March 02, 2007

Minor Parties

There have been several recent posts from a wide section of the present British right about the rightness or not of voting Conservative over UK Independence Party at the next election. I don't want to get into the question of what you should or should not vote for- nor am I particularly of the right or the left but its an interesting argument because it is really about a very important question concerning the way we vote and support parties. The problem really consists of what you should do in the British system when you don't support one of the main political parties. I have always understood the system to work thus- that what we vote for in elections is not the government that we would prefer- but we vote against the government that we don't want. Voting say for Labour in 1997 was as much about Major as about Blair and for Thatcher in 1983 as much about Foot as Thatcher. This is the republican aspect of our constitution come to life- the people don't have a choice of the party that they prefer but they have a choice of the party that they hate.

One of the interesting things though for an analyst of British politics is that people recently have ceased to vote rationally in our system- so Respect, UKIP, the SNP, Plaid etc have grown up despite the fact that given the tribal hatreds it would be wiser for those people to vote Tory or Labour to exclude the party they hate. I suspect one of the things that is going on here is reduced polarisation- UKIP voters faced with Blair can safely vote for a party that won't get in as a statement of where the Tories ought to be, should Labour replace Blair with a Michael Foot lookalike things might change. In part it alerts us to one of the interesting flaws in the democratic legitimacy flowing to our politicians- they aren't as much our representatives as our least hated option from the ones that we are offered. Whether that is a problem or not is another matter and not for this post to resolve- but minority parties do seem to exist outside the logic of the system of elections we have adopted.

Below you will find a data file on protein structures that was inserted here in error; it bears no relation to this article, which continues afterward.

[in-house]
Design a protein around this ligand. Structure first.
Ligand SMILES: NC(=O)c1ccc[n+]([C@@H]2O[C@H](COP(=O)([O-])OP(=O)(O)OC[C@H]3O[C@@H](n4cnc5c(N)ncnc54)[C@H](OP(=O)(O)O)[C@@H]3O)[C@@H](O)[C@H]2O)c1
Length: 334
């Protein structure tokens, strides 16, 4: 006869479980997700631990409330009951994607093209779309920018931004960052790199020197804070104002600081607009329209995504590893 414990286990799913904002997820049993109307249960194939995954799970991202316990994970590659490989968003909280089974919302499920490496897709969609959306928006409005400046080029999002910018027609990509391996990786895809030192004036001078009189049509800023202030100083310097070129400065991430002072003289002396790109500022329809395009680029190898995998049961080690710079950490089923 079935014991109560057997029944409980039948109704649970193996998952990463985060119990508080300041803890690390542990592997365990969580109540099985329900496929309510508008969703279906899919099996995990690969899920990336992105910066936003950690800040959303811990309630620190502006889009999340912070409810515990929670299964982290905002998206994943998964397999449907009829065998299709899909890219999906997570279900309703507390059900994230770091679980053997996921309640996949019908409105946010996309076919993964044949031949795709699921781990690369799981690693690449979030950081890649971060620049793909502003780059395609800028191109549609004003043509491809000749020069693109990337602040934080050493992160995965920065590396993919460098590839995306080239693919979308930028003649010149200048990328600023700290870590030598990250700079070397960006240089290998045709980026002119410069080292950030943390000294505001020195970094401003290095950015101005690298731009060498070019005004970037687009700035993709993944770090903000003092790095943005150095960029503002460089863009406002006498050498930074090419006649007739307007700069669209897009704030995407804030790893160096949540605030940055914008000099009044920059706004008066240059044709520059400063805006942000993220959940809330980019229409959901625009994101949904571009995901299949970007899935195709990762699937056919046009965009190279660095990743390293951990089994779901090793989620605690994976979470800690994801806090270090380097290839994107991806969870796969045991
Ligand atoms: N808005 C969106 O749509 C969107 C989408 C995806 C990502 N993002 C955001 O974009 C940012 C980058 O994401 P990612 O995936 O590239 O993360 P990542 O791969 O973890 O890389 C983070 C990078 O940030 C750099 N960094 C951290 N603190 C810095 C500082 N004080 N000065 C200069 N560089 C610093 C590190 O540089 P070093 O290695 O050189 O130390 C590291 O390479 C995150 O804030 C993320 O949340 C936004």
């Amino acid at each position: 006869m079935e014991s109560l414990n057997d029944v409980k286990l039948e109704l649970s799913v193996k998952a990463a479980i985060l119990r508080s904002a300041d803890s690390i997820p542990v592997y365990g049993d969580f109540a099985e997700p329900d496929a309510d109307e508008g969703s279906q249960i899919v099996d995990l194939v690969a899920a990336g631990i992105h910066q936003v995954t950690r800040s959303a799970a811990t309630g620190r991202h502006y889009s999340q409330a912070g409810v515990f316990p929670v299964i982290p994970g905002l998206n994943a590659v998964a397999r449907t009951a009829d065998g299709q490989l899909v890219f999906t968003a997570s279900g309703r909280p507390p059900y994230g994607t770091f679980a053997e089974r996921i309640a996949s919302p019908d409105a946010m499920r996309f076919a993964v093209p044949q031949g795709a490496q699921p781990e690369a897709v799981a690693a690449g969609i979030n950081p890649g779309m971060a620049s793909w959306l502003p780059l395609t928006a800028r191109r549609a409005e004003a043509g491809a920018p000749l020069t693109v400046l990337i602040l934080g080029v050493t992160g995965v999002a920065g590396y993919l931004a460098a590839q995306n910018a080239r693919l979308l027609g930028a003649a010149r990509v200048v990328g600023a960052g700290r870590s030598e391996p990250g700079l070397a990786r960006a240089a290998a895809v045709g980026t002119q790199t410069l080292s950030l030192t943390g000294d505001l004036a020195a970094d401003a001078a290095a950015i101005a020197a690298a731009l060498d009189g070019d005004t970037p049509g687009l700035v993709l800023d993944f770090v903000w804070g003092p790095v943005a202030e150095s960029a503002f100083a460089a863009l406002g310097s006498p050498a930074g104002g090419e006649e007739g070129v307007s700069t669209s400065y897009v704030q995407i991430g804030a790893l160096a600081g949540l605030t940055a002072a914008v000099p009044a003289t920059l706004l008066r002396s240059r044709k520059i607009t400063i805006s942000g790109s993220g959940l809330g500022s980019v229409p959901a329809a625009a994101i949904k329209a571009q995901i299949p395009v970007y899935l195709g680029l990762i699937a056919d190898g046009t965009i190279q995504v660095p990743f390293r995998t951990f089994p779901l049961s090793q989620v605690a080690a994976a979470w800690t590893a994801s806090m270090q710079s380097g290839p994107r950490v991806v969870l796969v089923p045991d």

4 comments:

The Nameless One said...

It *could* be a step change in the way people vote - they actually vote for a party, rather than against a party.

That said I have always voted for the party I support and that best represents my views. I like to see voting as a positive action rather than a negative reaction.

Gracchi said...

Yes I know what you mean- but it always strikes me that the way our electoral system is set up it ends up being voting against a party. Its why I find the Alternative Vote system or ranking candidates in order of preference quite an interesting idea because it would at least mean that you could vote for the party you wanted- in the confidence that that didn't mean that the party you didn't want got in because of a split on your side of the political spectrum. I'm no expert on electoral reform at all so will leave it at that and I may be completely wrong on that.

Paulie said...

I would suggest that it's a bit more complicated than your outline Gracchi - but not hugely moreso.

For instance, when the parties are massively polarised, (or society is massively polarised) you are probably correct. But when this isn't the case (and I think this moment in time is one such moment), the minor parties may benefit a bit.

Also, if the election is called on the same day as Euro-elections, it may give UKIP a boost (though not entirely at the expense of the Tories as some commenters have suggested).

Also, 'people vote for people'. They also vote against them. 'Wiping the smile off Blair's face' may be more appealing to some unenthusisatic Tory voters. They may not be as worked up by Brown.


Finally, I'm not keen on forms of electoral reform that strenghen the hands of political parties at the expense of individual candidates.

I could argue this point all day and all night, but I'll spare you that. You know where to find a blog with about 500 posts saying as much if you need to...

Gracchi said...

Yes I agree with you Paulie on many of your points. All I'm talking about on electoral reform is options going down the list of candidates so you'd vote 1, 2, 3, not a list system though I don't really want to start the PR argument like you here. I think your points about increasing subtlety are all right- I was trying to make a very broad point but it does have fuzzy lines.